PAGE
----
The financial sector must transform its management of climate risks, as changes in climate policies, new technologies and growing physical risks prompt reassessments of the values of virtually every financial asset. Our latest report explores how banks can integrate climate risks into their efforts to optimise risk-adjusted performance.
Mitigating climate change is not just an environmental responsibility – it is also an economic necessity. Rising sea levels and greater storm surges are expected to cost coastal urban areas over US$1 trillion each year by 2050. The longer we delay meaningful mitigation, the greater the disruption of climate change will be.
Governments globally are making concerted efforts to mitigate the impact of climate change. The 2015 Paris Agreement provides the overarching international framework towards limiting future warming to no more than two degrees above the pre-industrial average. Delivering this commitment will be a significant undertaking. The OECD estimates that US$6.9 trillion of investment would be required each year to 2030 to meet the Paris Agreement goals. Government purses alone will fall short: their development budgets to finance infrastructural shifts will not be enough to transition economies to the new low-carbon standards. Private finance must be mobilised – and banks will be called on to enable and safeguard this transition.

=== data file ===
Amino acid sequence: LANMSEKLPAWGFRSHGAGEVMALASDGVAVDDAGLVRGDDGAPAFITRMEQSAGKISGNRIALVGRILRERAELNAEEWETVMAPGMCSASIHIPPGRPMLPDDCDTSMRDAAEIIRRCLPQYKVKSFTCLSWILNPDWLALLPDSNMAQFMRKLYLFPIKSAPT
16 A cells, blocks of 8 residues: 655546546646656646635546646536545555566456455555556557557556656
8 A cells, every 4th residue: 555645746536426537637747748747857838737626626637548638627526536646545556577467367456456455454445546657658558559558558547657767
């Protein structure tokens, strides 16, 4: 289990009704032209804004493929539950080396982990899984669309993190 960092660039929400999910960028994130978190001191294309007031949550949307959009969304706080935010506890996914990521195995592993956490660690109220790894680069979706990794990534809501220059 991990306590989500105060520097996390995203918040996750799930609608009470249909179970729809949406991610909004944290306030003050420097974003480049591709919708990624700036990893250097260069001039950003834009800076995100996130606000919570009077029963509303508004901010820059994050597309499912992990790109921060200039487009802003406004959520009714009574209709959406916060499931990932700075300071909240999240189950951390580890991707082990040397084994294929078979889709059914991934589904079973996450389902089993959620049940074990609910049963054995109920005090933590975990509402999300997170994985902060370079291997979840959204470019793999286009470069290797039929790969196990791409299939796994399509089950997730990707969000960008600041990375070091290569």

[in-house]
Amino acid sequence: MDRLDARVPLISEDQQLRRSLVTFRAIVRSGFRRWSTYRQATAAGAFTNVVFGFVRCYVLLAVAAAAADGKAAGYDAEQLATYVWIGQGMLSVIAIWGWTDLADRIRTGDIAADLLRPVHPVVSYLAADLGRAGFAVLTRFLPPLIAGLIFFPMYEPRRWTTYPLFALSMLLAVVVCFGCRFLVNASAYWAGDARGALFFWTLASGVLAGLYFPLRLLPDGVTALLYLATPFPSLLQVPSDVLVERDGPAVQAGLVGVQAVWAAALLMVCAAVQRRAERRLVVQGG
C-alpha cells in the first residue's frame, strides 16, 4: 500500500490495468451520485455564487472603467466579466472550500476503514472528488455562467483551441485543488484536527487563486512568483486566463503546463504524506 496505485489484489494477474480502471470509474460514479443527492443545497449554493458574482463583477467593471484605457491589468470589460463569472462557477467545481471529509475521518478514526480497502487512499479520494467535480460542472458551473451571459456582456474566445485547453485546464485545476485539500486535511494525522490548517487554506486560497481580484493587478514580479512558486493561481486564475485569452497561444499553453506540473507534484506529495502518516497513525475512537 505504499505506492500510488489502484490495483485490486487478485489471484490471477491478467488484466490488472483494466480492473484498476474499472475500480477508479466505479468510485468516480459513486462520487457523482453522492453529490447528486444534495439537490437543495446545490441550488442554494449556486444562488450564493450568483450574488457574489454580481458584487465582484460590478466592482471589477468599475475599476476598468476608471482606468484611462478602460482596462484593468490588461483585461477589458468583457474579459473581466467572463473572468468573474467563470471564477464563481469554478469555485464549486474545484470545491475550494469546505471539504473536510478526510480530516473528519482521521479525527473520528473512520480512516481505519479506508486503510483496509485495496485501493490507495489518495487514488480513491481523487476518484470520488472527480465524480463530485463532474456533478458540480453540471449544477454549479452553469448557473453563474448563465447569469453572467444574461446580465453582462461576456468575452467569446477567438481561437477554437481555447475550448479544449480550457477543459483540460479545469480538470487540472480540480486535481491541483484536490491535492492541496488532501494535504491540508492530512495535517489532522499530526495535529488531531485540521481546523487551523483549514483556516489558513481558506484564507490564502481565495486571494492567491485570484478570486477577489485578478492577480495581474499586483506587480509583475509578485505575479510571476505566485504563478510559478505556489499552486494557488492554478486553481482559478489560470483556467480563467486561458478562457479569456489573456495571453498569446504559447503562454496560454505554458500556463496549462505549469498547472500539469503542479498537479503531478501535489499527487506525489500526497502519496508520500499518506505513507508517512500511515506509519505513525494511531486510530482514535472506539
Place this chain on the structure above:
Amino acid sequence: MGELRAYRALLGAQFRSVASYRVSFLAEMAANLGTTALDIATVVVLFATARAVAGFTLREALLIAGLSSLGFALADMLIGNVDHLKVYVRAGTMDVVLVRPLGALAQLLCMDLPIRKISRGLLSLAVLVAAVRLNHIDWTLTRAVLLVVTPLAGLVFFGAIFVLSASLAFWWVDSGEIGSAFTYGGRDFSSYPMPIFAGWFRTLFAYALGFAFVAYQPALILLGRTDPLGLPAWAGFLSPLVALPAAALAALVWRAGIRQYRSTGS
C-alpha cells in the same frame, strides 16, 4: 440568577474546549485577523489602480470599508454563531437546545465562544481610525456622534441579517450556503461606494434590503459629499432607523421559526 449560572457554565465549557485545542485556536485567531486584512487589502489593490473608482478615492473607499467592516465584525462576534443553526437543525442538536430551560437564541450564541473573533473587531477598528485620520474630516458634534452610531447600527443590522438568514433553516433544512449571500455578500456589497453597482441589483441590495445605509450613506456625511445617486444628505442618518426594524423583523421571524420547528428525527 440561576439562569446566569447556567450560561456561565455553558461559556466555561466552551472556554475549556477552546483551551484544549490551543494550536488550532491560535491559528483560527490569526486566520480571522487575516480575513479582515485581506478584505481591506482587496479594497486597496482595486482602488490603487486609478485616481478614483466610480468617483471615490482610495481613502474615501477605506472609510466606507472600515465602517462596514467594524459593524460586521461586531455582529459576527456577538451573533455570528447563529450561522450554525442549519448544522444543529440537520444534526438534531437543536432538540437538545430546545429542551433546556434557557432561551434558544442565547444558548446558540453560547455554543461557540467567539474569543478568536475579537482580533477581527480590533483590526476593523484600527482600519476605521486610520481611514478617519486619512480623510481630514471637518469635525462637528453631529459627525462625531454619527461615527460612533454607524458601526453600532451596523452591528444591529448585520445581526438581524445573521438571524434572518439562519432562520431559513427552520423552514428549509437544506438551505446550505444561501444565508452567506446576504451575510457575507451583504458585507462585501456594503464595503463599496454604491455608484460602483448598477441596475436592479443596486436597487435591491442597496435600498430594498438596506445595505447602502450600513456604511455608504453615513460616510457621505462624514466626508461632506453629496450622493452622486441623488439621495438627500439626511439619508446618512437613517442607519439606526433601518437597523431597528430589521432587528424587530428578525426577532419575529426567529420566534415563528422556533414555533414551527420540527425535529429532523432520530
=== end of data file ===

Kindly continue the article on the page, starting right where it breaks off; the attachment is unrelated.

Given the sheer sums of capital required and the exposures to climate risks already locked into financial markets, banks face significant financial and nonfinancial risks from both climate change itself (physical risks) and associated mitigation measures (transition risks). The very mix of banks’ existing risk taxonomy – that is, what is considered credit risk, market risk, and operational risk – is set to be redefined.
Already, financial regulators are placing greater demands on banks to demonstrate effective management of climate risks. Pressure is also being applied to improve how firms report climate risks.
However, banks will have to overcome a number of hurdles. It remains uncertain how the risks emerging from the transition to a low-carbon economy will unfold over time. Allowing banks’ ability to respond effectively will require greater consistency, sophistication and availability of climate risk data – which may not be feasible under the current voluntary disclosure regime.
Knowing when to act will be challenging too. Many of the financial risks associated with climate change are unlikely to manifest within banks’ typical financial planning cycle (of around four years). And the degree to which banks need to seek immediate action depends on the “stickiness” of their balance sheets to climate risks.
What is clear is that the impact of climate change will only grow as more of the risks and opportunities manifest. Managing it effectively should be an integral part of banks’ effort to optimise risk-adjusted performance. Doing so requires banks to incorporate climate change considerations into their risk appetite, senior manager responsibilities and strategic planning in an explicit manner. This starts with establishing an appropriate governance process to approve the inclusion or exclusion of climate risks in their existing risk management framework.
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